In another supposed money grab, the LPGA has given a long-time sponsor the shaft. From Ron Sirak at Golf World-
That the LPGA came into the 2009 season with only three fewer tournaments than last year was probably a small victory given the state of the global economy. Not expected was that it would lose another event last month--the Ginn Open--before it was to be played in April, a victim of the real-estate collapse that also claimed the Ginn Championship on the Champions Tour. Now, the LPGA is taking a calculated risk for the 2010 schedule by signing a lucrative new deal for the Korean television rights to LPGA events with J Golf, a subsidiary of Joongang Daily News. The new partner means severing a 15-year relationship with the Seoul Broadcasting System, and losing the SBS Open after the season-opening tournament at the Turtle Bay Resort in Hawaii.I prefer to follow the play of the tours than the economics, but I'm well aware of how big a part the television contracts with Japan and South are so far as LPGA revenue sources go. The LPGA has to buy air time in the United States for most of their tournaments and then sell advertising to recoup their costs.
While the matter of Korean television rights for LPGA events might seem like a minor issue, it is not. The income from those rights is the tour's largest single revenue stream.
Here's the stinking part of this whole deal.
The contract with J Golf, which has yet to be announced by the tour or the network, but details of which were obtained by Golf World, is a multiyear deal likely worth in excess of $4 million annually, according to sources familiar with the negotiations. That is up significantly from the $2.25 million SBS says it paid to broadcast 30 events in Korea this year. Asked if his company would continue to sponsor the SBS Open when coverage moves to J Golf next year, Sang Y. Chun, president and CEO of SBS International, said: "Absolutely not."In Asian society, saving face is important. It looks like to me the LPGA has really stomped on these people, otherwise Chun wouldn't have said the words he did.
Chun, who said he was "disappointed, upset really" at losing the contract, said his feelings were "not about the money [but] about the way we were treated."
So what has that meanace Carolyn Bivens done? Alienate and lose a long-time LPGA sponsor for a slightly better deal with a company with no track record of backing women's golf. We all know what happened when the tour gave the Shoprite Atlantic City tour stop the finger and replaced it with tournaments sponsored by Ginn Resorts. A little over two years later there are two holes in the schedule after Ginn pulled out of these events and Shoprite is gone too. The deal with J Golf isn't for another tournament, but the effect is two fold. First the SBS Open is gone in 2010 when the LPGA already has 1/3 of its tournaments up for renewal at the same time an economic downturn is happening. Perhaps more importantly, the latest actions of the LPGA could make current sponsors re-think their relationship with the LPGA. For they can be dispensed with by this crazy commissioner who chases dollars at the same time she kicks sponsors in the pants.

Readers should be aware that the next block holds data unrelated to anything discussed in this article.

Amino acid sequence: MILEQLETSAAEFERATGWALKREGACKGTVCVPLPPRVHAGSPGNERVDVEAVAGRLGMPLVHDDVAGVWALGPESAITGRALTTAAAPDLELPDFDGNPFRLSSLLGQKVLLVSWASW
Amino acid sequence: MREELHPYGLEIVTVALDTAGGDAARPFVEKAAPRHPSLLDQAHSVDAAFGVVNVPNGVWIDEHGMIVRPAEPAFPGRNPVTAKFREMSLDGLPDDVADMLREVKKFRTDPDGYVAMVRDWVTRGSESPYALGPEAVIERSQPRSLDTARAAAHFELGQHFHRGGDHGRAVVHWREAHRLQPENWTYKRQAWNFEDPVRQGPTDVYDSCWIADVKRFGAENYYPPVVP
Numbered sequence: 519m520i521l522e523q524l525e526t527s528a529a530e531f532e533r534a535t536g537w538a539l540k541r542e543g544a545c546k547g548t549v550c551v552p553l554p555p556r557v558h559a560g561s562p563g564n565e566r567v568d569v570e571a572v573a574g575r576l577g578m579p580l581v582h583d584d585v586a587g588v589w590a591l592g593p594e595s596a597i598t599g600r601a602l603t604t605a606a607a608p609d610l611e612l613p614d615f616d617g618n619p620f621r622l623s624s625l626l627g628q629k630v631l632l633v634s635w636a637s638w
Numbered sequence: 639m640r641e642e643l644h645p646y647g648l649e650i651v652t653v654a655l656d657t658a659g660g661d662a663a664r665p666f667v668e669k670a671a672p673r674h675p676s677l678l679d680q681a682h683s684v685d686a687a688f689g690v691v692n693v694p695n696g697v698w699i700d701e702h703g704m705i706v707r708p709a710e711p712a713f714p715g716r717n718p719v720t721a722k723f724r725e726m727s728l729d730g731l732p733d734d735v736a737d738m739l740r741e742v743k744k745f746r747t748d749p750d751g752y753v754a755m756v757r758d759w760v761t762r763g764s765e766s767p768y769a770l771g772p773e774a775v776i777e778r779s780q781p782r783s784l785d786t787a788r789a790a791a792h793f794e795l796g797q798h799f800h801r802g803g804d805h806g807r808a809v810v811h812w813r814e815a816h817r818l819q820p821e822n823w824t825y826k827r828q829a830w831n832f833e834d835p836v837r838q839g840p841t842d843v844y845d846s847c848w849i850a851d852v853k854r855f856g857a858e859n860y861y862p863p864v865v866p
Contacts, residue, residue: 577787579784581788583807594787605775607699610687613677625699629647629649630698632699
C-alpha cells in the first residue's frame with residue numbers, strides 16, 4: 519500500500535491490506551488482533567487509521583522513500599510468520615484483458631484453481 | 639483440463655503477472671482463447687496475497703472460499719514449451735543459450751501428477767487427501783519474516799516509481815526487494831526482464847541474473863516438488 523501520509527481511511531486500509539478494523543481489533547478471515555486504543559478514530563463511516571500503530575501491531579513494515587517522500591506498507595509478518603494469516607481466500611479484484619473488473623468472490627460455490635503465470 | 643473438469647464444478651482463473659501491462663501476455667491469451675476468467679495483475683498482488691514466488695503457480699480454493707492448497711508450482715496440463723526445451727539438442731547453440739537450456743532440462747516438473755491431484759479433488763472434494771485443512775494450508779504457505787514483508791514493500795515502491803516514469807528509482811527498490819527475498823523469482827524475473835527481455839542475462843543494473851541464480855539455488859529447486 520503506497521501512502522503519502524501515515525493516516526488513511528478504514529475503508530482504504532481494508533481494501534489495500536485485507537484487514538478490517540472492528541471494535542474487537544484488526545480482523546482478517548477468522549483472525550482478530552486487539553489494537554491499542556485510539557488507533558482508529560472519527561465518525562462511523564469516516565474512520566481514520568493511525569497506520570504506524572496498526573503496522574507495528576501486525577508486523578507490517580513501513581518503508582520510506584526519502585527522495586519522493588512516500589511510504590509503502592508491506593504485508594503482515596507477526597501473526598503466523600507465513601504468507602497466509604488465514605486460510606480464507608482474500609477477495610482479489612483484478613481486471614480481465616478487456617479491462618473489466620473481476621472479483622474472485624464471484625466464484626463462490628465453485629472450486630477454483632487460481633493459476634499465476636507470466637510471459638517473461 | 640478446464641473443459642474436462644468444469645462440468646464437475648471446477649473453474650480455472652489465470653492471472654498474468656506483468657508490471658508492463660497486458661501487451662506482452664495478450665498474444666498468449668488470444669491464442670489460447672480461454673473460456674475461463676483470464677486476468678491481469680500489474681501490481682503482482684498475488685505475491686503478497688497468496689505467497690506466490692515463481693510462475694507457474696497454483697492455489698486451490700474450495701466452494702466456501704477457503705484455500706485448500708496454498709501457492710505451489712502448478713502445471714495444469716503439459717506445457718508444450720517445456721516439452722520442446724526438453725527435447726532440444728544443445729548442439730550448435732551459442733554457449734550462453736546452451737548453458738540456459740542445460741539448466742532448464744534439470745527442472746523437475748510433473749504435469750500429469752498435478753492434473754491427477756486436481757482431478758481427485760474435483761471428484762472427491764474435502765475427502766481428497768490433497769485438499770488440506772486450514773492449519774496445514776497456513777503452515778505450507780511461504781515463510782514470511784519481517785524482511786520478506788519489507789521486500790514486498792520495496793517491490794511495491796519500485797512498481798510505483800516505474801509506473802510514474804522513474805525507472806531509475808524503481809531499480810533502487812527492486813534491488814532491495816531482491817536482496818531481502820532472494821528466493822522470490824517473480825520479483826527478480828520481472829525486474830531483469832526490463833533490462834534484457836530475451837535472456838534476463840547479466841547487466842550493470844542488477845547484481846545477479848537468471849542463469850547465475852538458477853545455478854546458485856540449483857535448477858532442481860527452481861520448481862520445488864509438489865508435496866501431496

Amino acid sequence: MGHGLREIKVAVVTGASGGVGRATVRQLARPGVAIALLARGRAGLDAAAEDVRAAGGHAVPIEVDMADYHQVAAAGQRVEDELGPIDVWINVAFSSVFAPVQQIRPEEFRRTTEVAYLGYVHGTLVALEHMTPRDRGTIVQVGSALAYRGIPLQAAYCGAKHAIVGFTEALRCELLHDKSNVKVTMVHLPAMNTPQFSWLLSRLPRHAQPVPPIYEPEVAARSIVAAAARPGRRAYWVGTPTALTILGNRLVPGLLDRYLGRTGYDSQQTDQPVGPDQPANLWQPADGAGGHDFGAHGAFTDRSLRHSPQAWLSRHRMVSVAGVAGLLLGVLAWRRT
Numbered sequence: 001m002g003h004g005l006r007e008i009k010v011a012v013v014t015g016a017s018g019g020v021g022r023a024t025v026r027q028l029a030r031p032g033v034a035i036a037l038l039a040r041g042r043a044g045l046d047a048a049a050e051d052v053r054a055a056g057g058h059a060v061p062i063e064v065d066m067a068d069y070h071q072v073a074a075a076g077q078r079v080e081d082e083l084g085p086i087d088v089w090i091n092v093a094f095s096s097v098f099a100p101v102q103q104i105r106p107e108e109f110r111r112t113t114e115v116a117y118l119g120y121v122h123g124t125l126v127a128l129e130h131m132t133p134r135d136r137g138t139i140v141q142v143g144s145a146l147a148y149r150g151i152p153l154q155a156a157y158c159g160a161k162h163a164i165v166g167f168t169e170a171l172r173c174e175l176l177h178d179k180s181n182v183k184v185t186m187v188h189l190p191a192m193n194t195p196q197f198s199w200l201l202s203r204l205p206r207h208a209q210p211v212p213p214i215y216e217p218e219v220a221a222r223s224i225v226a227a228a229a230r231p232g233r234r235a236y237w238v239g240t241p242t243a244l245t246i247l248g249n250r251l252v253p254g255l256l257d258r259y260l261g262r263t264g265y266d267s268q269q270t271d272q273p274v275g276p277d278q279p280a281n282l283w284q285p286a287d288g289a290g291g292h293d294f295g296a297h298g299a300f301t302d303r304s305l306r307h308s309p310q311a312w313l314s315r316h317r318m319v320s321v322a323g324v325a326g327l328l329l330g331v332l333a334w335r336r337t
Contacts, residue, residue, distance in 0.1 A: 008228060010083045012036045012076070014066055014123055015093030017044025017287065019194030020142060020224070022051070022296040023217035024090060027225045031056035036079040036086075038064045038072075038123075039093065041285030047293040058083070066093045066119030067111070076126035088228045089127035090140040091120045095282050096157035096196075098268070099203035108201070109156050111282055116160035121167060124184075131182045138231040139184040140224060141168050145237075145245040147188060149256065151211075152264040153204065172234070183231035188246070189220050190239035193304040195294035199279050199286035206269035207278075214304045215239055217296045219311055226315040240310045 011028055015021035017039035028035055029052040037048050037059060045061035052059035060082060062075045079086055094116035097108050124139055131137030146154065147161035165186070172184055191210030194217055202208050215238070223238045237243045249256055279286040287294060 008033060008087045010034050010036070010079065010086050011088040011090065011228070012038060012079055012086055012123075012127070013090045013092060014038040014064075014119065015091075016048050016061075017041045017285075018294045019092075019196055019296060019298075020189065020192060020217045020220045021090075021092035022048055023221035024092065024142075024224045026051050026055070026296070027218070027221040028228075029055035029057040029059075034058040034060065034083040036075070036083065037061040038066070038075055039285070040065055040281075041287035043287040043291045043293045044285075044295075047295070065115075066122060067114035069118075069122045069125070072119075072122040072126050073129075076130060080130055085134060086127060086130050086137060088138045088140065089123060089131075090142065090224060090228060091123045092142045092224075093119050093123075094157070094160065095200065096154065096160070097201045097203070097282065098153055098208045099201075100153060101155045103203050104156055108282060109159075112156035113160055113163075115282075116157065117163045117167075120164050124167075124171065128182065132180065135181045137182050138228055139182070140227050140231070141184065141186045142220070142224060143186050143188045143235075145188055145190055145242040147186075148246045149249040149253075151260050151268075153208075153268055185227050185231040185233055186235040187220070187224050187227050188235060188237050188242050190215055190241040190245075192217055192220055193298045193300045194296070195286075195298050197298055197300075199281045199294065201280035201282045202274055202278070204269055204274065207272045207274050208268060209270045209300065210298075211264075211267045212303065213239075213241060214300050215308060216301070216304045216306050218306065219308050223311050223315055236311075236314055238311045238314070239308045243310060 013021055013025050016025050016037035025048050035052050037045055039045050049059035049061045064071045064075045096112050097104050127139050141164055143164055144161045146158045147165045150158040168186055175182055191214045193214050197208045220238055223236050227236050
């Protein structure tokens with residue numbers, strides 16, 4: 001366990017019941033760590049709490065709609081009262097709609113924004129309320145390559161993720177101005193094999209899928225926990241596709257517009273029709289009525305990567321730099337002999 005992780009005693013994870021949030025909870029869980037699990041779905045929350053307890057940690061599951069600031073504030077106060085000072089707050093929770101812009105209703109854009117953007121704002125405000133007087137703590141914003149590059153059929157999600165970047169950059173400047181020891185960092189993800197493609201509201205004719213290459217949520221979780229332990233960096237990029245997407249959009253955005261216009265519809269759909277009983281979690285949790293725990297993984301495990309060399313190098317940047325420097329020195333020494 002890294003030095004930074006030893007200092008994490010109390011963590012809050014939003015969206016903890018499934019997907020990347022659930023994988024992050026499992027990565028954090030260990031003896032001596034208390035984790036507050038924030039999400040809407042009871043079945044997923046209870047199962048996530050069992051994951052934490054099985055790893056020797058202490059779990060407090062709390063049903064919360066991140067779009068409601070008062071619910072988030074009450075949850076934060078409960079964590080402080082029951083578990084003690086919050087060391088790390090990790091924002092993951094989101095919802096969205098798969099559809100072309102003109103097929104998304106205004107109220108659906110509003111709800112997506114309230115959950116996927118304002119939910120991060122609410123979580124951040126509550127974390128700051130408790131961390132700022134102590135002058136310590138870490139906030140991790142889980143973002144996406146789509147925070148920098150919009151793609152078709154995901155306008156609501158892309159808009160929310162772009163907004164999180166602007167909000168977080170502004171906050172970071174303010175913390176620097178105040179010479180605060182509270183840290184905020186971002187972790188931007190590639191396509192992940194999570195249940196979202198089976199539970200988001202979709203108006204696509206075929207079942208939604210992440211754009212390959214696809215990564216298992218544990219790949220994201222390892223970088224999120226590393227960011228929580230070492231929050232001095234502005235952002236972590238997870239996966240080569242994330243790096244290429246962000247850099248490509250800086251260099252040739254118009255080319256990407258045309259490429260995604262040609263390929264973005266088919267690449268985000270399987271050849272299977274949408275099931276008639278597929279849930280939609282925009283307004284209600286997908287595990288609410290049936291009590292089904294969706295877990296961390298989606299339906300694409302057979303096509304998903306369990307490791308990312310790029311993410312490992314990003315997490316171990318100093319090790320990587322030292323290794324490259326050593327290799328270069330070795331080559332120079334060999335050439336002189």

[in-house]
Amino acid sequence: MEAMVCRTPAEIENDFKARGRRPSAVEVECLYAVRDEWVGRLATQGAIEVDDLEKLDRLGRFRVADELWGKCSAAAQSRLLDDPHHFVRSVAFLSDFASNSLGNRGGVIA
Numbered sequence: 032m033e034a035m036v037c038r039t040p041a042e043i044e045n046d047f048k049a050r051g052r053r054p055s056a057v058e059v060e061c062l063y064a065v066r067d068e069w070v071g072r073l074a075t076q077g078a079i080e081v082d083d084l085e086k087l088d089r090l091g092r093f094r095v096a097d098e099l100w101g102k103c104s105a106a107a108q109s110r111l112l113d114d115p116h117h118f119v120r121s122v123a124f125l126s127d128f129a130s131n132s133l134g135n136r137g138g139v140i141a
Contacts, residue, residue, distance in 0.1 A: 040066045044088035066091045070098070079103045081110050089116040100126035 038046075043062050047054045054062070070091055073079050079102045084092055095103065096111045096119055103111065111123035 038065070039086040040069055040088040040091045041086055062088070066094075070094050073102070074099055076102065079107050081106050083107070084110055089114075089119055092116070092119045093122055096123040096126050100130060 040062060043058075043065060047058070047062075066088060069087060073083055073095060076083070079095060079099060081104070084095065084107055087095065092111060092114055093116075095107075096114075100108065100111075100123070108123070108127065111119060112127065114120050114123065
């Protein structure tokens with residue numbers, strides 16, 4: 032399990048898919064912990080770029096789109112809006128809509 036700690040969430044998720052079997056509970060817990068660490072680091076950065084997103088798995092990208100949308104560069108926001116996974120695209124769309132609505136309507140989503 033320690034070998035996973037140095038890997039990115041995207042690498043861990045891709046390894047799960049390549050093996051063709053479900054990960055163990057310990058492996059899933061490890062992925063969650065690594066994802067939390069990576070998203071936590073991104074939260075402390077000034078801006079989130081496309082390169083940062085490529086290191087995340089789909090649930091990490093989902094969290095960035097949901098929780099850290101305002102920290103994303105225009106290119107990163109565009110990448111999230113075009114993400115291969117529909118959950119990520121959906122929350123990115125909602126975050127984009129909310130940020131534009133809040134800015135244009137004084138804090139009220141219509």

Hound dog writes-
As I mentioned last night on Inside The LPGA, the increase in rights fees (approximately $2 million per year, almost double the previous amount) from the new deal is significantly offset by the loss of the $1.2 million purse from the SBS Open. If this event isn't replaced on the 2010 schedule, the deal isn't nearly as impressive.If what Sirak wrote above is true, the difference between the deals was only a million. To me the LPGA came out a loser, 4 million from J Golf compared to 3 million from SBS plus the 1.2 million tournament purse. That's a net 200,000 loss to me. Can Carolyn Bivens add?
Ryan at Waggleroom has a differing opinion-
On the surface, it's easy to recall the situation with Ginn that led to the demise of the ShopRite event in Atlantic City. The LPGA Tour took the allure of big money from an organization with not nearly as sure footed as ShopRite. And now it is paying dearly. Still, given that the LPGA Tour is losing significant revenue by losing several tournaments this year, this may have been a forced move.I don't see anything forced at all in the changeover from SBS to J golf. All I see is another step on the road to disaster for the LPGA Tour if they allow their present commissioner to keep making these decisions.
I'll say it again. Fire Carolyn Bivens now!